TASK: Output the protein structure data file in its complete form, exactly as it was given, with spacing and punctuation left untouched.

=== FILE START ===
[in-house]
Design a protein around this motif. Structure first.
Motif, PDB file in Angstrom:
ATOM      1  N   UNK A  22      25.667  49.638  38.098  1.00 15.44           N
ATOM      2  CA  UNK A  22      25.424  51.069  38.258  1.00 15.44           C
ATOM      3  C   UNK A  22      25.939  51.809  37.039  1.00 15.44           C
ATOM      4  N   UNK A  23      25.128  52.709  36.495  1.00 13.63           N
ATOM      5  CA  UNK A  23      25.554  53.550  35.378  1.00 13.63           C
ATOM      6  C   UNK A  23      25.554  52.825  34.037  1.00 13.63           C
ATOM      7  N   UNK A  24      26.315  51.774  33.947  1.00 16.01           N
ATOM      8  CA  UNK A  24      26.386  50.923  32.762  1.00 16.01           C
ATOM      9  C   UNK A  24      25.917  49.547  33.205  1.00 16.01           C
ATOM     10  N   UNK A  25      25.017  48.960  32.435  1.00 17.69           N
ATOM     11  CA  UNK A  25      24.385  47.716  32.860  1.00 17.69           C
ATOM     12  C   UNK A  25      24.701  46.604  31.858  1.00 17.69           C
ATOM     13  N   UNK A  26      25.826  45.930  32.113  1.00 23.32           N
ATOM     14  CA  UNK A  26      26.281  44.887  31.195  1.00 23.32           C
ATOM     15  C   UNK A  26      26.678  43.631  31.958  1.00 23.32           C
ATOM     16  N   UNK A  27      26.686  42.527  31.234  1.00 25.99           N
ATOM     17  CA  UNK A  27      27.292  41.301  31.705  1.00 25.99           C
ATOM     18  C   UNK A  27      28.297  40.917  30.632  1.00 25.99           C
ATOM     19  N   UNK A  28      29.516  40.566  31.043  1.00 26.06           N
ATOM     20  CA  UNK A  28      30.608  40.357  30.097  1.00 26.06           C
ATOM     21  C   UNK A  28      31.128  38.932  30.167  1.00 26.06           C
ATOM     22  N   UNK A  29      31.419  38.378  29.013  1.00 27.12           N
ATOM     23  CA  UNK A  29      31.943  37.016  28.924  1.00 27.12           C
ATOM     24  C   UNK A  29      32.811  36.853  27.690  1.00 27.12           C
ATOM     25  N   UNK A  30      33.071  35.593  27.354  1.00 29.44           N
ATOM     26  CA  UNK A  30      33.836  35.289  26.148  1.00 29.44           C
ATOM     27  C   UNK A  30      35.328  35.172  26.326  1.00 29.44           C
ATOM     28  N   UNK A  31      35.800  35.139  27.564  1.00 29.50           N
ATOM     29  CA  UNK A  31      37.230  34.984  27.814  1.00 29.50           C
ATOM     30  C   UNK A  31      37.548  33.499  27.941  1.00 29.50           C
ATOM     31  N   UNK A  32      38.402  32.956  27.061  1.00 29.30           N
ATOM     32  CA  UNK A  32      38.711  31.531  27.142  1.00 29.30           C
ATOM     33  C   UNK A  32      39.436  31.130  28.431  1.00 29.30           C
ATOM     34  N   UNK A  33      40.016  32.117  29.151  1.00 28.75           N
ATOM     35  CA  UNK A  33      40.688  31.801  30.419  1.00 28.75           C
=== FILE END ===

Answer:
[in-house]
Design a protein around this motif. Structure first.
Motif, PDB file in Angstrom:
ATOM      1  N   UNK A  22      25.667  49.638  38.098  1.00 15.44           N
ATOM      2  CA  UNK A  22      25.424  51.069  38.258  1.00 15.44           C
ATOM      3  C   UNK A  22      25.939  51.809  37.039  1.00 15.44           C
ATOM      4  N   UNK A  23      25.128  52.709  36.495  1.00 13.63           N
ATOM      5  CA  UNK A  23      25.554  53.550  35.378  1.00 13.63           C
ATOM      6  C   UNK A  23      25.554  52.825  34.037  1.00 13.63           C
ATOM      7  N   UNK A  24      26.315  51.774  33.947  1.00 16.01           N
ATOM      8  CA  UNK A  24      26.386  50.923  32.762  1.00 16.01           C
ATOM      9  C   UNK A  24      25.917  49.547  33.205  1.00 16.01           C
ATOM     10  N   UNK A  25      25.017  48.960  32.435  1.00 17.69           N
ATOM     11  CA  UNK A  25      24.385  47.716  32.860  1.00 17.69           C
ATOM     12  C   UNK A  25      24.701  46.604  31.858  1.00 17.69           C
ATOM     13  N   UNK A  26      25.826  45.930  32.113  1.00 23.32           N
ATOM     14  CA  UNK A  26      26.281  44.887  31.195  1.00 23.32           C
ATOM     15  C   UNK A  26      26.678  43.631  31.958  1.00 23.32           C
ATOM     16  N   UNK A  27      26.686  42.527  31.234  1.00 25.99           N
ATOM     17  CA  UNK A  27      27.292  41.301  31.705  1.00 25.99           C
ATOM     18  C   UNK A  27      28.297  40.917  30.632  1.00 25.99           C
ATOM     19  N   UNK A  28      29.516  40.566  31.043  1.00 26.06           N
ATOM     20  CA  UNK A  28      30.608  40.357  30.097  1.00 26.06           C
ATOM     21  C   UNK A  28      31.128  38.932  30.167  1.00 26.06           C
ATOM     22  N   UNK A  29      31.419  38.378  29.013  1.00 27.12           N
ATOM     23  CA  UNK A  29      31.943  37.016  28.924  1.00 27.12           C
ATOM     24  C   UNK A  29      32.811  36.853  27.690  1.00 27.12           C
ATOM     25  N   UNK A  30      33.071  35.593  27.354  1.00 29.44           N
ATOM     26  CA  UNK A  30      33.836  35.289  26.148  1.00 29.44           C
ATOM     27  C   UNK A  30      35.328  35.172  26.326  1.00 29.44           C
ATOM     28  N   UNK A  31      35.800  35.139  27.564  1.00 29.50           N
ATOM     29  CA  UNK A  31      37.230  34.984  27.814  1.00 29.50           C
ATOM     30  C   UNK A  31      37.548  33.499  27.941  1.00 29.50           C
ATOM     31  N   UNK A  32      38.402  32.956  27.061  1.00 29.30           N
ATOM     32  CA  UNK A  32      38.711  31.531  27.142  1.00 29.30           C
ATOM     33  C   UNK A  32      39.436  31.130  28.431  1.00 29.30           C
ATOM     34  N   UNK A  33      40.016  32.117  29.151  1.00 28.75           N
ATOM     35  CA  UNK A  33      40.688  31.801  30.419  1.00 28.75           C